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Here’s the ‘Disappointing’ and ‘Prohibited’ Way Some American Airlines Flight Attendants Make Extra Money

This is a story about American Airlines, flight attendants, simple economics, and the 21st-century proclivity so many of us share: finding side hustles and trying to make a little extra money.It’s also about “prohibited” practices, the risk of getting fired for pushing things too far, and the law of unintended consequences.Let’s start with the flight attendants…

This is a story about American Airlines, flight attendants, simple economics, and the 21st-century proclivity so many of us share: finding side hustles and trying to make a little extra money.

It’s also about “prohibited” practices, the risk of getting fired for pushing things too far, and the law of unintended consequences.

Let us start with the flight attendants. According to American Airlines and their union, the plan they came up with was not only legal but also ethical.

In other words, some senior flight attendants found a way to maximize their tenure for monetary gain.

It’s actually quite simple. Each month, flight attendants submit bids on routes they wish to fly with the airline. They are granted their requests largely based on seniority.

The longest-serving flight attendants are granted the best routes. We mean the most exotic and interesting — not Omaha overnights, which is fine for Omaha readers — but also the most lucrative financially.

So according to the union and the airline, senior flight attendants started bidding for the most desired trips even though they didn’t intend on flying them.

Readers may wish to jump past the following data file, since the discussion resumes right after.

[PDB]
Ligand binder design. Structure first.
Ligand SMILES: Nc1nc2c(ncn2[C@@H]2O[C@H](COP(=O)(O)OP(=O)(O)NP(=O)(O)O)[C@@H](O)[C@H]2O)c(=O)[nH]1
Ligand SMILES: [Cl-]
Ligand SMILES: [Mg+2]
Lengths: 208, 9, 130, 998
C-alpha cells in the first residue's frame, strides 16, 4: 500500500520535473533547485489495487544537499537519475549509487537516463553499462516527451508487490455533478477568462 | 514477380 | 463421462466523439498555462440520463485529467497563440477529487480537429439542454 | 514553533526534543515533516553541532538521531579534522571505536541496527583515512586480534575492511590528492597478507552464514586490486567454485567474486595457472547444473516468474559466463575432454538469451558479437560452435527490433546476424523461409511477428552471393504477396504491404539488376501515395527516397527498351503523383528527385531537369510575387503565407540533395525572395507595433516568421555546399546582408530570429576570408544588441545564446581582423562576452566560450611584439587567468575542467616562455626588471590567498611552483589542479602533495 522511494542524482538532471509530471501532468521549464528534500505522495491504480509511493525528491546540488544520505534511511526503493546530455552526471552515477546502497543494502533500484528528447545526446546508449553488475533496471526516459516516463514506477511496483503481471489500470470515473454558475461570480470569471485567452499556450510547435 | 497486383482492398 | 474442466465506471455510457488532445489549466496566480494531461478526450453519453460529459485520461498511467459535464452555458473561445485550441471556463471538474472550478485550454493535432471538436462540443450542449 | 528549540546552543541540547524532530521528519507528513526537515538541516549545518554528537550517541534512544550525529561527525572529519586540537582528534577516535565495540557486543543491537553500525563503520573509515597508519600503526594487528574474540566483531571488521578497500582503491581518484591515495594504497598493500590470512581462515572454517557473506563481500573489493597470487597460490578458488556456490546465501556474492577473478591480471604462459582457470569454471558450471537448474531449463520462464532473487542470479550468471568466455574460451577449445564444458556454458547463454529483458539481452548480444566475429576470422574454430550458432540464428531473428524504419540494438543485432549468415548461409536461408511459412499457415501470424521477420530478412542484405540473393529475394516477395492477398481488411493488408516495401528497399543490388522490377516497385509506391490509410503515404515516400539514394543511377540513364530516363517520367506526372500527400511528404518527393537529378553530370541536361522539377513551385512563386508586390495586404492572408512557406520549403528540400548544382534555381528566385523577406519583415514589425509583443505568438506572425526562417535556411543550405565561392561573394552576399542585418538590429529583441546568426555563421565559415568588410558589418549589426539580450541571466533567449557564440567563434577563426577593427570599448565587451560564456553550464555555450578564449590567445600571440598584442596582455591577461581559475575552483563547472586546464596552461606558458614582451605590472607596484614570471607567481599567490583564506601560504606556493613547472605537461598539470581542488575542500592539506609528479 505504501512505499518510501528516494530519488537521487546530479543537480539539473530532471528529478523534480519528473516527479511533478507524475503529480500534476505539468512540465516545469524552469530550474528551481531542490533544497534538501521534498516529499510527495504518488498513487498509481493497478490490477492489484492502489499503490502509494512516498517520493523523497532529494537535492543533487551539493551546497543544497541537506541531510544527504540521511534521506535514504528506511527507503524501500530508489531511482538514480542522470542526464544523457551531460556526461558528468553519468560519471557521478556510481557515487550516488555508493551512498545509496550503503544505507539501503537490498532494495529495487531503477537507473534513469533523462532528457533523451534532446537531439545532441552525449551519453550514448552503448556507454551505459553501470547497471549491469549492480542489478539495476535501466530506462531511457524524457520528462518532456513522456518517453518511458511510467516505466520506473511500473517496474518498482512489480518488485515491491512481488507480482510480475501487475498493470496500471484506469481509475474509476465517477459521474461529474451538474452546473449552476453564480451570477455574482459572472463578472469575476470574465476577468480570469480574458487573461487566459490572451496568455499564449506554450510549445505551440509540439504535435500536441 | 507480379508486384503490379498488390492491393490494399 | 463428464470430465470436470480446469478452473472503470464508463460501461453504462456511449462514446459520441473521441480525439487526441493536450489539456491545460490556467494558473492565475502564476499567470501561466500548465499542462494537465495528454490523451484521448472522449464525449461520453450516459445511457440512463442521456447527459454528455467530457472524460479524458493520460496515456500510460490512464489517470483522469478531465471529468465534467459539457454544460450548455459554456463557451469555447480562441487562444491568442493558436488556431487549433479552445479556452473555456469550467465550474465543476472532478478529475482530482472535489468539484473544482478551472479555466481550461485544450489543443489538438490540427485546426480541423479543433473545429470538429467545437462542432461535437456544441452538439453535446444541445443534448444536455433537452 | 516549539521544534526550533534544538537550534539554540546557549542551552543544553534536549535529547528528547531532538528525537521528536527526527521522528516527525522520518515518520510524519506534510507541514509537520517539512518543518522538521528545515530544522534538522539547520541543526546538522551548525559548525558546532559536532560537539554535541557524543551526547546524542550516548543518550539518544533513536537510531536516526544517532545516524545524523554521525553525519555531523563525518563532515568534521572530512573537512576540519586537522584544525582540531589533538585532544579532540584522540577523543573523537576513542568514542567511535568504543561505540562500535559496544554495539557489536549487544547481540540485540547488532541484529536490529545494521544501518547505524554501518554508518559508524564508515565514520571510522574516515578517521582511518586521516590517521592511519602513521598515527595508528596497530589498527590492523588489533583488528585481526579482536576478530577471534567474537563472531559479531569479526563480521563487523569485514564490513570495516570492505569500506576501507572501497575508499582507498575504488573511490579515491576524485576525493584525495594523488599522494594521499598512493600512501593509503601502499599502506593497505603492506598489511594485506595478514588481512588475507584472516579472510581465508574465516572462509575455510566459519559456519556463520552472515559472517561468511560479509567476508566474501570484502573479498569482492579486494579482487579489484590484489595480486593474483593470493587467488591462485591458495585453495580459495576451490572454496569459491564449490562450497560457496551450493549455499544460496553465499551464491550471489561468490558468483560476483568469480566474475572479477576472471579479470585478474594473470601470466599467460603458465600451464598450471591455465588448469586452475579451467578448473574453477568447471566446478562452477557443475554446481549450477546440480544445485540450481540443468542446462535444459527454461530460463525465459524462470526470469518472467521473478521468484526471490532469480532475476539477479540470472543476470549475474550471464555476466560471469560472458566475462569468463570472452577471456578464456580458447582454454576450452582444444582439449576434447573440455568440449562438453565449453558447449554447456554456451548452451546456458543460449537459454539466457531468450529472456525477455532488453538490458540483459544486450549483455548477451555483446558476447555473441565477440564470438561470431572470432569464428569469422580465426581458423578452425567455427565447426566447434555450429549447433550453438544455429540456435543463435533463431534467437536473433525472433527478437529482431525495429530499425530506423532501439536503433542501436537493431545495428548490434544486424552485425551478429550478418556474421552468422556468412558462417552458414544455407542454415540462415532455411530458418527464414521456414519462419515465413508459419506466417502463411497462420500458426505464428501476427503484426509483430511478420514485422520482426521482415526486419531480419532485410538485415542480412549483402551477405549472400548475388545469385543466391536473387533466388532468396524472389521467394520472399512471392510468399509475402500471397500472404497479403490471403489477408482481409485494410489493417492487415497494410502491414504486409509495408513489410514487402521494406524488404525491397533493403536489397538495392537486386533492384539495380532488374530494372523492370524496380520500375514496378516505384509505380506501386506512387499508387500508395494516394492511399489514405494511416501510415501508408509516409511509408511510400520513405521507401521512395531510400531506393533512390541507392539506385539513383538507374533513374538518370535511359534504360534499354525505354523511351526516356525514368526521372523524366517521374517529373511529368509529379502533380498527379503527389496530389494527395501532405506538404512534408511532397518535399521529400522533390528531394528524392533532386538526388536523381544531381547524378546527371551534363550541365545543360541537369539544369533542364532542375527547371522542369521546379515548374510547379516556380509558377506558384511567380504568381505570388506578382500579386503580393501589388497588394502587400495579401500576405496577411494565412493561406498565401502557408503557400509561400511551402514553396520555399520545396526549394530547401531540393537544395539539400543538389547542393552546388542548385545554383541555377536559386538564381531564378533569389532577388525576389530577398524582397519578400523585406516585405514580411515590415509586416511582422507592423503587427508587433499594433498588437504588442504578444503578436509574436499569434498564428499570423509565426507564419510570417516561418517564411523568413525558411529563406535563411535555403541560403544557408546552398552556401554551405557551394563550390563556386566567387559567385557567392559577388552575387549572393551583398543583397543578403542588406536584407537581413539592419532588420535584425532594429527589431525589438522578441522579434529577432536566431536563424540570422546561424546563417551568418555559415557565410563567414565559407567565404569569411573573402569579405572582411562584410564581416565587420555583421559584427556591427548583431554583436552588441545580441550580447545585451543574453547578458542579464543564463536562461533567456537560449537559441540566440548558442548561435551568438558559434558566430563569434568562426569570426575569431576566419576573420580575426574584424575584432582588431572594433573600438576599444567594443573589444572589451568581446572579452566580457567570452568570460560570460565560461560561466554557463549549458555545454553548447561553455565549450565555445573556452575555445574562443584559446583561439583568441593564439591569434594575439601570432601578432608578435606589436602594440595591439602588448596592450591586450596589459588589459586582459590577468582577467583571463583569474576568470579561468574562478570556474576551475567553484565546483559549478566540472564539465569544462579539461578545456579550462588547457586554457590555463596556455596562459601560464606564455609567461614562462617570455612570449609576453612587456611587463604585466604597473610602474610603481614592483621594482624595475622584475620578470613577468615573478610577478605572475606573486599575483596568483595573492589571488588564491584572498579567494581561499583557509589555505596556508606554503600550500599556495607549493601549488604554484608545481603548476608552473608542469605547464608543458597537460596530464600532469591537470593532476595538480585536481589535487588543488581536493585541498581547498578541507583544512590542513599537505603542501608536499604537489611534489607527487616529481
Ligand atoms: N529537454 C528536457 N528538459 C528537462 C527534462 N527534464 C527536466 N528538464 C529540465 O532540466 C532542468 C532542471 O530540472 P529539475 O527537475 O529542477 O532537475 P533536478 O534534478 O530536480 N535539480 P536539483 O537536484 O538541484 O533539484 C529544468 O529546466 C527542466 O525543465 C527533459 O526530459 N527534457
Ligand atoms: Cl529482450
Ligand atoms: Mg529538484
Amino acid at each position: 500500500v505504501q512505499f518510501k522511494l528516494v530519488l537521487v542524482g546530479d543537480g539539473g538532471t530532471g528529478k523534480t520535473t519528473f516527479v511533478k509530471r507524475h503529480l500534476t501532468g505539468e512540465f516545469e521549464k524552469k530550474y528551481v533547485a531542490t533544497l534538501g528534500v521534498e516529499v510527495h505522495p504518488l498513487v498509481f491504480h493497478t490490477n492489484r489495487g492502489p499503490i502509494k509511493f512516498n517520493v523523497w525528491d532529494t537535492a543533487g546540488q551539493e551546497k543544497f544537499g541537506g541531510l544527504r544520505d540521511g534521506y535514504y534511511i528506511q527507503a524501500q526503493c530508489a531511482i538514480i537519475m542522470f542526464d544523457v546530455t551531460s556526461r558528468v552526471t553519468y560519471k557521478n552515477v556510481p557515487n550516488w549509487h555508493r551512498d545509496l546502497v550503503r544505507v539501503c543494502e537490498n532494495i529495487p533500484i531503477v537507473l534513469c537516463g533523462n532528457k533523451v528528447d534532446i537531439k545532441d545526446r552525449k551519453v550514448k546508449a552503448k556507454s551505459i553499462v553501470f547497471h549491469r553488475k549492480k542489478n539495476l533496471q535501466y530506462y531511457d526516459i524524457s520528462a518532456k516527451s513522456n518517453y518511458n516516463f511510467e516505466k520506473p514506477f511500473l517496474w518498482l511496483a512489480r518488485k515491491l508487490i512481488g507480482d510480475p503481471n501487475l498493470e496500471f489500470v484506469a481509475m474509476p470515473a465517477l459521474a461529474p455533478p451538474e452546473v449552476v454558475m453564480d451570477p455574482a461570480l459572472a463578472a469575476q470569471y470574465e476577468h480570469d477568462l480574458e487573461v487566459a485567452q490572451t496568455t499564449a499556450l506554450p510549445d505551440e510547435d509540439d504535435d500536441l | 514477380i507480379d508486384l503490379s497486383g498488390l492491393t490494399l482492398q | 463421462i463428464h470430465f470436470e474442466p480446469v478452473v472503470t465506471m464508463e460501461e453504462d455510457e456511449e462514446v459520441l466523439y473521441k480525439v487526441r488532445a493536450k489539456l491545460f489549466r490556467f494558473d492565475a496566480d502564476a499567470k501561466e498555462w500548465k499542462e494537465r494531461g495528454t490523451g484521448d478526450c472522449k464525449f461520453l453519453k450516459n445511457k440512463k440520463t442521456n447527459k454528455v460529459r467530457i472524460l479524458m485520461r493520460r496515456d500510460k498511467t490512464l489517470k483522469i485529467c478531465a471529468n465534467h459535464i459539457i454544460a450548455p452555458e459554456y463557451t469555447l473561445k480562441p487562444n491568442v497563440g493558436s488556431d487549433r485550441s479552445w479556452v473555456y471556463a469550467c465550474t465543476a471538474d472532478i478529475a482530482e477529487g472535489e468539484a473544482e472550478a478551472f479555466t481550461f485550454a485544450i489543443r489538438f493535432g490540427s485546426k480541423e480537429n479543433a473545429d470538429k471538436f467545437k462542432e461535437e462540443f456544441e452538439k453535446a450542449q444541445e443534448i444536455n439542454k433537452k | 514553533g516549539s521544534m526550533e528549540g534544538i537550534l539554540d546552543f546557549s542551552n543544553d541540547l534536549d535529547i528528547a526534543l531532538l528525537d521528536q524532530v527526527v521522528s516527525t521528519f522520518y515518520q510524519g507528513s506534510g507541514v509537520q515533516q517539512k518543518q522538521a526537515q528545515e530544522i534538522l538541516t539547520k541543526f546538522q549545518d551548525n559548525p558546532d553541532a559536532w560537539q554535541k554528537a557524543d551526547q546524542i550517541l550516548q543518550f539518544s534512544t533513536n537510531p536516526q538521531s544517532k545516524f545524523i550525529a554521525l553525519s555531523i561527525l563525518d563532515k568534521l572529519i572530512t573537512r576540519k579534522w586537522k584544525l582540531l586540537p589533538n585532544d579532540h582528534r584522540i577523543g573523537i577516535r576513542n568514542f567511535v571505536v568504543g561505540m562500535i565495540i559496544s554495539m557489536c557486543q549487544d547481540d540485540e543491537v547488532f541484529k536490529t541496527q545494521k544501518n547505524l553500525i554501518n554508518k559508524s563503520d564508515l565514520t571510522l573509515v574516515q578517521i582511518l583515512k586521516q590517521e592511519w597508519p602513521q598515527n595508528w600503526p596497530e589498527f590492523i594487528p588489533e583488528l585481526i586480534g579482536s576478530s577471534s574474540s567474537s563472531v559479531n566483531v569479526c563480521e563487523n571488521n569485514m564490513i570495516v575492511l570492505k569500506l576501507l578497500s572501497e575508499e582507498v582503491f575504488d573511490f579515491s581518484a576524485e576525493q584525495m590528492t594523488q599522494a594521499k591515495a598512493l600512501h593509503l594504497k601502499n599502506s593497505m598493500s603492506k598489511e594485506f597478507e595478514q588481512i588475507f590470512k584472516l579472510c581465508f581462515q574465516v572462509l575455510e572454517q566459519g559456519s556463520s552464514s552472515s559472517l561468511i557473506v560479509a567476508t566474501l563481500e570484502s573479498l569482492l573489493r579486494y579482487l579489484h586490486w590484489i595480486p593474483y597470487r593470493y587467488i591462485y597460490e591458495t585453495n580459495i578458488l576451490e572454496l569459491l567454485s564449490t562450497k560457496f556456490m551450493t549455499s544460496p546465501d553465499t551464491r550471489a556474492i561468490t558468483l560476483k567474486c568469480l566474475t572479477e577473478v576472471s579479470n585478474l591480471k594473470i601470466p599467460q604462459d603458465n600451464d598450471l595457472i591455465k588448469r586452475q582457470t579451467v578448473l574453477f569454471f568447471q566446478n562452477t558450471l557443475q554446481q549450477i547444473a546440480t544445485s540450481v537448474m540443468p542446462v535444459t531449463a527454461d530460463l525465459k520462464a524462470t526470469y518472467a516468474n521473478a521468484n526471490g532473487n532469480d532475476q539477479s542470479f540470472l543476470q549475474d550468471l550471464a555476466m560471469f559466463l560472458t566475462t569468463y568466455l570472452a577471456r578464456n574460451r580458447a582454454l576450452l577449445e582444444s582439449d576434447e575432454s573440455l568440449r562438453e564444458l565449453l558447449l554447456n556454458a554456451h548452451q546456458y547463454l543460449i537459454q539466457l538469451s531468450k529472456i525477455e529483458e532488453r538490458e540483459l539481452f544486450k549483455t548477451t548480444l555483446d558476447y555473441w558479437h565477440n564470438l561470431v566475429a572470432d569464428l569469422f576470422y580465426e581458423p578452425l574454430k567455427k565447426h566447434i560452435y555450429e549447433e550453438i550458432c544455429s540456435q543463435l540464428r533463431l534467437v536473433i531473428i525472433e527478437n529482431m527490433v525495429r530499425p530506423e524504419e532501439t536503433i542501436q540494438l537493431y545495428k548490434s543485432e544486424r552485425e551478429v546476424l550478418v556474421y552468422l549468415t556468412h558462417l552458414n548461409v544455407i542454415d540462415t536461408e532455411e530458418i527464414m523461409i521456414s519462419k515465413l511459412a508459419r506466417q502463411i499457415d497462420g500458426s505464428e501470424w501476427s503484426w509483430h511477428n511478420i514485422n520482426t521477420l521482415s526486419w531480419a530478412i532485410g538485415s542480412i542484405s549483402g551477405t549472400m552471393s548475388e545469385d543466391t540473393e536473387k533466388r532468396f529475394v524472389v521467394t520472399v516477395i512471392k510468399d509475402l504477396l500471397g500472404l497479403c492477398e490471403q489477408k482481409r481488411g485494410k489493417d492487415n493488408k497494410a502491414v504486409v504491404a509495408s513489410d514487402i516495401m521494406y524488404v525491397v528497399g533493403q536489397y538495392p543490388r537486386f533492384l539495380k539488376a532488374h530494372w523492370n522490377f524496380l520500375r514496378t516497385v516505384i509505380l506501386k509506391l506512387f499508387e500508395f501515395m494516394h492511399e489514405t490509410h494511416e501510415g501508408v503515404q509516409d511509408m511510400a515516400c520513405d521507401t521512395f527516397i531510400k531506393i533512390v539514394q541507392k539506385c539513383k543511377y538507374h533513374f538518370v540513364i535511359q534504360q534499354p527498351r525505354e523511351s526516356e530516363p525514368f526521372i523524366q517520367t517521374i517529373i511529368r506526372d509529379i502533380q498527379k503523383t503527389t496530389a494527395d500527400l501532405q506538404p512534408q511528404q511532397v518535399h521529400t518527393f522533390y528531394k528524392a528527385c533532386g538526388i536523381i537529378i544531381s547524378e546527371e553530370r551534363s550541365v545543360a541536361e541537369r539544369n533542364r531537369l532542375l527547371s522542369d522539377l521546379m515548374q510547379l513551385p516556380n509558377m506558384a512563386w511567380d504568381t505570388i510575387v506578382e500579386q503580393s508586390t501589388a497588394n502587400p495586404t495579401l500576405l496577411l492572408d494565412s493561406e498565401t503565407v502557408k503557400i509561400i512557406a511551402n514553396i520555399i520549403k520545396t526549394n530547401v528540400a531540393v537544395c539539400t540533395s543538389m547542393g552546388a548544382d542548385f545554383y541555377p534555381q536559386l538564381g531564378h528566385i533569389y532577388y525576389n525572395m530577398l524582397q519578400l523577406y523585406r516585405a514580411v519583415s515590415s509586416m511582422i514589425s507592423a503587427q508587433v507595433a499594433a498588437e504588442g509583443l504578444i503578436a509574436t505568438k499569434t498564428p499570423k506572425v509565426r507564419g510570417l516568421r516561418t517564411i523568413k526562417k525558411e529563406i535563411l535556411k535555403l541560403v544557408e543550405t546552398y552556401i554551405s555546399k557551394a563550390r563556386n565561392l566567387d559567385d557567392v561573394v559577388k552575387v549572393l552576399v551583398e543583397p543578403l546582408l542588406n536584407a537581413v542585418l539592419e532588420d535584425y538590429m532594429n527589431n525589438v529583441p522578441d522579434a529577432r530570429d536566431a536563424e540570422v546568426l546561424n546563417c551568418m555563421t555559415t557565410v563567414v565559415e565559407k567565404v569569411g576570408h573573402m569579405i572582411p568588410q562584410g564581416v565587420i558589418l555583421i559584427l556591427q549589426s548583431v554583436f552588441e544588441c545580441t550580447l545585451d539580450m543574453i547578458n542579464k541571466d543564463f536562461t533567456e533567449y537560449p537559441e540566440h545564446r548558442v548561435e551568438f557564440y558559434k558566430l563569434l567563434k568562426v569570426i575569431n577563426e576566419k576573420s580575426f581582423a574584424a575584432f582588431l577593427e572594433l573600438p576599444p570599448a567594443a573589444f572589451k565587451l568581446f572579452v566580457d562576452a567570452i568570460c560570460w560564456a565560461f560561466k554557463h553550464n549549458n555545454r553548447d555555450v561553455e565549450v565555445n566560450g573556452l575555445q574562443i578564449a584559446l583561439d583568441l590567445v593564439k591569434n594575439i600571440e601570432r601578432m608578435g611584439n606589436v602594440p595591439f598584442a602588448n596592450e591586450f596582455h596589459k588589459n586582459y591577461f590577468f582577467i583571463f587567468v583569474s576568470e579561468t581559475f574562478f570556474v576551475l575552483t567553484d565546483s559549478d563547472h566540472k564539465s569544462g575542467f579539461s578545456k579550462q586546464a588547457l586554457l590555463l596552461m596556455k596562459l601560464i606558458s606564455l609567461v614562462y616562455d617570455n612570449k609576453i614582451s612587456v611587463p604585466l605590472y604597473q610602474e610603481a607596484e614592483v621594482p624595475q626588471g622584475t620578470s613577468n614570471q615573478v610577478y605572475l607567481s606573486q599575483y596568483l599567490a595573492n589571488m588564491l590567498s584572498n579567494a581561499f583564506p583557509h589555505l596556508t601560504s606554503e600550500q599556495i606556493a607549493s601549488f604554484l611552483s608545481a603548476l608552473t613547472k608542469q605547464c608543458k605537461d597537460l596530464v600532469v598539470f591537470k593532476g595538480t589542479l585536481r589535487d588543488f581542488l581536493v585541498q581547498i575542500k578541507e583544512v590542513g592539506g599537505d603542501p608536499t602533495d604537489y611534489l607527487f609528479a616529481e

Then they would turn around and sell the winning bids on to more junior flight attendants. This is not a new practice. In 2018, American Airlines chided flight attendants who were selling their bids — and reportedly making an average of $200 for each flight.

The airlines were able to track this practice much easier after the pandemic and because there are now fewer highly sought-after flights. Both American Airlines and the union issued strong warnings.

“Management has made it clear that this illicit trip activity is prohibited,” the union cautioned its members this week, according to the flight attendant site, Paddle Your Own Kanoo. “If you trade or drop trips that are not intended by our scheduling systems, you may be disciplined, including termination. “

On Friday, the airline itself chimed in, according to View From the Wing:

While it’s disappointing that some of your co-workers choose to manipulate our systems for personal gain, we also know the vast majority of you play by the rules.

Simply put, if you are found to be abusing our system, it will most likely end your career.

I suspect it wasn’t the junior flight attendants who complained, but rather the ones who had just-enough seniority that they would have been able to bid on those more desirable flights, but for the fact that their more senior colleagues were bidding on them just to sell them.

Regardless

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